From Opus
Jump to: navigation, search
 In Progress 

see Sources of all Bibles for the underlying Spiritual principles, this is a history of the development of Western Revelation.

The Bible is a term which means different collections of books to different Faiths. This Volume of Sacred Law is only one of many revealed texts humans have written down and found Spirituality,a greater purpose than merely animal existence. In all known cases, these revealed texts are written down by human beings, in the language, style and with the customs of their time. While there are great disagreements about the contents, interpretation and worth of these sacred texts, God also authored the Book Of Nature, which is available to all, no matter what their language or beliefs, through the observation of our Senses and the contemplation of wonders around us.

Most versions of "the Bible" include the Hebrew Torah, the five books of Moses. Some expand to include the Tanakh aka Torah, Nevi'im and Ketuvim, the Big 5, plus the Wisdom Literature (Psalms, etc) and the Histories or Prophets (Kings, Chronicles, Amos, etc). Some also include the Christian Bible, the Four Gospels and various apocrypha.

The Hebrew Bible was selected from mythology and folklore, combined with songs /psalms and advice, and went through multiple versions and revisions from the Babylonian Captivity to the aftermath of the Roman expulsion. The stories selected reflect the geological and geographical concerns of a small country with limited water and fertile land surrounded by powerful neighbors. So while the Norse developed a Warrior mythology, the Judeans developed a Trickster religion instead. All tribal religions tend to be regional (Ba'al lives on THIS mountain, YHVH's house is on THIS mountain), so separation from the tribal land and holy places disconnects a people from their God when they need HIM most. The Babylonian Captivity challenged the identity of the Jewish People, and the creation of the Bible was the answer to that challenge. As the Intelligentsia and Royal families struggled after the March of Tears into captivity to regroup, they selected the Passover story of Moses' people escaping a similar bondage in mythological times as the hopeful narrative around which the early Bible formed.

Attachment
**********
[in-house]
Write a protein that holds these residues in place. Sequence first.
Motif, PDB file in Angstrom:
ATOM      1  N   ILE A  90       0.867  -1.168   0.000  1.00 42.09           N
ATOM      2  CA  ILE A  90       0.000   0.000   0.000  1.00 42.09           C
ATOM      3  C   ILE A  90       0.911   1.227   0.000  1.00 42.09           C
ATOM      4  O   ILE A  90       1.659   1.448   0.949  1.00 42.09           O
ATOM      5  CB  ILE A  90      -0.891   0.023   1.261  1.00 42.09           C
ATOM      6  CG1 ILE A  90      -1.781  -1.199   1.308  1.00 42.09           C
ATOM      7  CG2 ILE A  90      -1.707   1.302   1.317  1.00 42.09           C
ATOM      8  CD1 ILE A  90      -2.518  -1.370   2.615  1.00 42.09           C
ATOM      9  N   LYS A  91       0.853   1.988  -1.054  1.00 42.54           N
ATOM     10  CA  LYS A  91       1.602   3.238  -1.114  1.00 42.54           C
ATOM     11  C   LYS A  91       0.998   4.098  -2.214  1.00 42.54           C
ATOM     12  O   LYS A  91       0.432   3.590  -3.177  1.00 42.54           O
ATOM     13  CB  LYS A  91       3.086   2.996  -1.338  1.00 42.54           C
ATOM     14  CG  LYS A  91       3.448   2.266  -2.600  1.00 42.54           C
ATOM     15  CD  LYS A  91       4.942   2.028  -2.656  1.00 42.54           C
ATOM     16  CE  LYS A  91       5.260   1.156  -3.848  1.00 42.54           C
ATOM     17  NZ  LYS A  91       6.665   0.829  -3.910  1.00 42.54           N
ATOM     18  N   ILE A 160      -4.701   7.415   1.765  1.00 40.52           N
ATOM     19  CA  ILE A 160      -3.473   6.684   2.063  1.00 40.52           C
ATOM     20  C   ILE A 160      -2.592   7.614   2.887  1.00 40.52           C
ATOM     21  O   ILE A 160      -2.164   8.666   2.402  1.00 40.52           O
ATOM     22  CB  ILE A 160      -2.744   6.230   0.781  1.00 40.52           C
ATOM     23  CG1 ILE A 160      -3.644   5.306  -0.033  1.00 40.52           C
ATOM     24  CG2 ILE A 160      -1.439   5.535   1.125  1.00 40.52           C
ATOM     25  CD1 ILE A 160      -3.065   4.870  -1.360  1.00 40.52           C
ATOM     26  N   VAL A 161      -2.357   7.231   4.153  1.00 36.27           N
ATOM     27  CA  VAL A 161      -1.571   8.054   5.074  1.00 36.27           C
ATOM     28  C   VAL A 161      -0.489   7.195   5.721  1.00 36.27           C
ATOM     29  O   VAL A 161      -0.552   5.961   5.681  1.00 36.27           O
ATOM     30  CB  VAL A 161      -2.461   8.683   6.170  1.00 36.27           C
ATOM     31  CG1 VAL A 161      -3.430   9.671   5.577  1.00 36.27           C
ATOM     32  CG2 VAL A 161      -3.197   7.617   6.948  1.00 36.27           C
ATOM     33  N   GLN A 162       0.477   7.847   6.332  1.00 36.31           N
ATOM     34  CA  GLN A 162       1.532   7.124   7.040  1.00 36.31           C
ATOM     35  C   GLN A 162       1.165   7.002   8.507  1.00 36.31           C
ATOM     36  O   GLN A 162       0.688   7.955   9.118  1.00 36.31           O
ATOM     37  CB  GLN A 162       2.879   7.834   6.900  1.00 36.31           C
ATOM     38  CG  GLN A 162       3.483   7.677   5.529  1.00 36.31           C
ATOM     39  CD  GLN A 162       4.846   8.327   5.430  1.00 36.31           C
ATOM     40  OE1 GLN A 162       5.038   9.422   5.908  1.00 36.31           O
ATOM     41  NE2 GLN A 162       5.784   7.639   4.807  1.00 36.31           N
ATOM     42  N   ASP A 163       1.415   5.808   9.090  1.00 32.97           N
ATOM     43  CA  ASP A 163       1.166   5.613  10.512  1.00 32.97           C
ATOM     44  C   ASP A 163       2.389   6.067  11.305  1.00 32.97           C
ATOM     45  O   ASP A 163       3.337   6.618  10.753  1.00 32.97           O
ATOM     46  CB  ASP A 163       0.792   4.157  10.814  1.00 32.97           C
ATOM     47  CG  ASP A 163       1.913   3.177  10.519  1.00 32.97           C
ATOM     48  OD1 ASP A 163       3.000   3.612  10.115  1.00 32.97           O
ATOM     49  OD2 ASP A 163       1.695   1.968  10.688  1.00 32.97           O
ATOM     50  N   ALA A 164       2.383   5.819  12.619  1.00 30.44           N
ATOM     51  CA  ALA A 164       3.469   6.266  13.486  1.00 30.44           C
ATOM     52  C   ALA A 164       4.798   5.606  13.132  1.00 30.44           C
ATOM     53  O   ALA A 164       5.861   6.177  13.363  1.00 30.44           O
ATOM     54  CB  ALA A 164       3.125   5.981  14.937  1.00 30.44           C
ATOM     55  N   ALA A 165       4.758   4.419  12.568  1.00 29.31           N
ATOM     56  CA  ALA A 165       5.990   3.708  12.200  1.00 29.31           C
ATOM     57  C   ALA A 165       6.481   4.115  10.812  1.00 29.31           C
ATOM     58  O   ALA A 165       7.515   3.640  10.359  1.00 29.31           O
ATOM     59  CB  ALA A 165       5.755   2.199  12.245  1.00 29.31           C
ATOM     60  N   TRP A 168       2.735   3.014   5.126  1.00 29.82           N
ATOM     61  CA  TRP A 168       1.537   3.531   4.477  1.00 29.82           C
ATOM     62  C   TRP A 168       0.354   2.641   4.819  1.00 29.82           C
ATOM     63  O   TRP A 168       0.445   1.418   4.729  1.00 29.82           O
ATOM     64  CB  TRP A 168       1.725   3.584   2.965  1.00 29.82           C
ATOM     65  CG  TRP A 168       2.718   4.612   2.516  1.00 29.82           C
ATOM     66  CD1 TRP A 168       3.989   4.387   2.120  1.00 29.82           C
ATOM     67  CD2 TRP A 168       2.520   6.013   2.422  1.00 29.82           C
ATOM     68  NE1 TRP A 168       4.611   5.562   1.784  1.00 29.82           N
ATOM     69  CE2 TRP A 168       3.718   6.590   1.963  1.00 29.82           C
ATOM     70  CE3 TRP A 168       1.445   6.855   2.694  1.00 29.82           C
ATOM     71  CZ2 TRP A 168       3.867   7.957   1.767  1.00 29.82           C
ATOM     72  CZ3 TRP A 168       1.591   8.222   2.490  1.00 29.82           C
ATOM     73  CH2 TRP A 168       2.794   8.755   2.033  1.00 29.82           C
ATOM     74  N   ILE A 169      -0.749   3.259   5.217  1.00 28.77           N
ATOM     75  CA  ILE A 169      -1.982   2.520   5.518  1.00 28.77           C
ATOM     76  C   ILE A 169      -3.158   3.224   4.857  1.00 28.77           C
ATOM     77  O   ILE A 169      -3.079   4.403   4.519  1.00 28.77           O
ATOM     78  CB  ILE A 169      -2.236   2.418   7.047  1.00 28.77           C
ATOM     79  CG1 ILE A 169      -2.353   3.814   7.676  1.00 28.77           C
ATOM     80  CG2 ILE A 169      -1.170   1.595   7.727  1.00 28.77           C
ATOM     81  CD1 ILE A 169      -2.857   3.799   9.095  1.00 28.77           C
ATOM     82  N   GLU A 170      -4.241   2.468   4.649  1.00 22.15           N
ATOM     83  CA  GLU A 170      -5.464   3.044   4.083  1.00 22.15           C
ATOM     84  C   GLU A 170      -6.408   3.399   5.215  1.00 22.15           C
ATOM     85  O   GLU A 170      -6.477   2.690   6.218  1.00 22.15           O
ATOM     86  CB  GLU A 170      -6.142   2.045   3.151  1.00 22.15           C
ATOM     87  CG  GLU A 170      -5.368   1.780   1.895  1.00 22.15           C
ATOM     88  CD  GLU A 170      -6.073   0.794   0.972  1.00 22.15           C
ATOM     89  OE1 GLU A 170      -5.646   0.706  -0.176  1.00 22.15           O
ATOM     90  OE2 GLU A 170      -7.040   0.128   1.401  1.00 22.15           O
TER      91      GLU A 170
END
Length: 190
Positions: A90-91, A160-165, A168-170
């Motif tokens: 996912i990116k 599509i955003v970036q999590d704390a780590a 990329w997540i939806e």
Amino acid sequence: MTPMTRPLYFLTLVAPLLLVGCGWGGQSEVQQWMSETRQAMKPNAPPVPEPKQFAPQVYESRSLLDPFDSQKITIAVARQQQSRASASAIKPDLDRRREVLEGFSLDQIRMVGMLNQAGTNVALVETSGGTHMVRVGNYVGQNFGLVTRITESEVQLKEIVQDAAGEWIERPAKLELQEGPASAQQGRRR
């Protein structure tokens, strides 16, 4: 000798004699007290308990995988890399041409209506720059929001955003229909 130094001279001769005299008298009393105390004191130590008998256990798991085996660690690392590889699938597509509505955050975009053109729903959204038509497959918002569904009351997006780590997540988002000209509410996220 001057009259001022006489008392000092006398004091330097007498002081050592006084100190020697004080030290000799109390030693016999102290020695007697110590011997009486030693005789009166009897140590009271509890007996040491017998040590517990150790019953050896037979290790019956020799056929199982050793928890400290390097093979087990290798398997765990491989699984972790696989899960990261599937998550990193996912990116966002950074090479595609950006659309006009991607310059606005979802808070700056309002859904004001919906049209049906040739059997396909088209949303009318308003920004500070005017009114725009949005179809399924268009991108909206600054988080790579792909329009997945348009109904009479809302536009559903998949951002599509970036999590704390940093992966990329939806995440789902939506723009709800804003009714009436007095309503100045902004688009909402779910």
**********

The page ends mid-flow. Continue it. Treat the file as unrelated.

This is why the Egyptian Gods are not named in Exodus 7, 22 etc, while the Babylonian/Sumerian/Akkadian Gods Marduk (מְרֹדַךְ Merodach) (Isaiah 39:1-7) , Baal בַּעַל ( Kings 18:21-40)) and Astarte / Ishtar (עשתרת (Ashtoret) (The Ferile Woman/ Harlot/ Lusty) ( 1Kings 11:5), (and sometimes the separate Goddess Asherah)(Mother Goddess, maternal, not lusty) ( Jer 7:18 ) are named. Baal is also the name of a neighboring Canaanite God, as it means Lord, generally. But the Egyptian period had become myth by the time the Rabbis began writing the Torah down in Babylon, and the Hebrew names of Ra, Hathor, Isis, Set and Osiris were never preserved.

Egyptian Pharaoh Ptolemy Philadelphus, the second of this Greek/Egyptian dynasty, gathered 70 Judean Rabbis to translate the Hebrew Bible into Greek (not Egyptian) so he could read it. The results by 132 BCE was the Septuagint aka LXX(or The 70), aka the "Greek Old Testament" ("Η μετάφραση των Εβδομήκοντα'") one of 8 Greek versions of the Old Testament created in those times, including Origen's Hexapla, and translations by Aquila, Symmachus, and Theodotion. Saint Augustine of Hippo referred to it by the Latin term Septuaginta, abbreviating "versio septuaginta interpretum" aka "translation of the seventy interpreters" to The Seventy. Some tales say there were 72, rather than 70 Rabbis involved in the translation team, six scholars from each of the 12 tribes of Israel. Rabbi Philo of Alexandria and the Historian of the Jews, Josephus are likely the source for Saint Augustine's information.

The Septuagint contains several Books not found in the original Hebrew Bible, either because they were excluded or written too late. The Books of Tobit, Judith, Wisdom of Solomon, Wisdom of Jesus son of Sirach, Baruch, Letter of Jeremiah , Maccabees,1 Esdras, Odes, Enoch and Jubilees have no Hebrew equivalents. The Books of Daniel and Esther are significantly different, and longer. The Four Books of Maccabees, from which we get the story of Chanukah, appears here in Greek and we have no earlier Hebrew translations. As this is the only Book of the Bible to mention "Hanging Alive" or Crucifixion, we do not a Hebrew term for this Roman torture. It does not occur in the Criminal Law sections of either the Jerusalem or Babylonian Talmuds (Called Stripes, for lashing with a whip) , but might help clear up the Crucifixion confusion of Alexander Jannaeus and the Sadducean priests hanging alive 800 of the Pharisees in that story.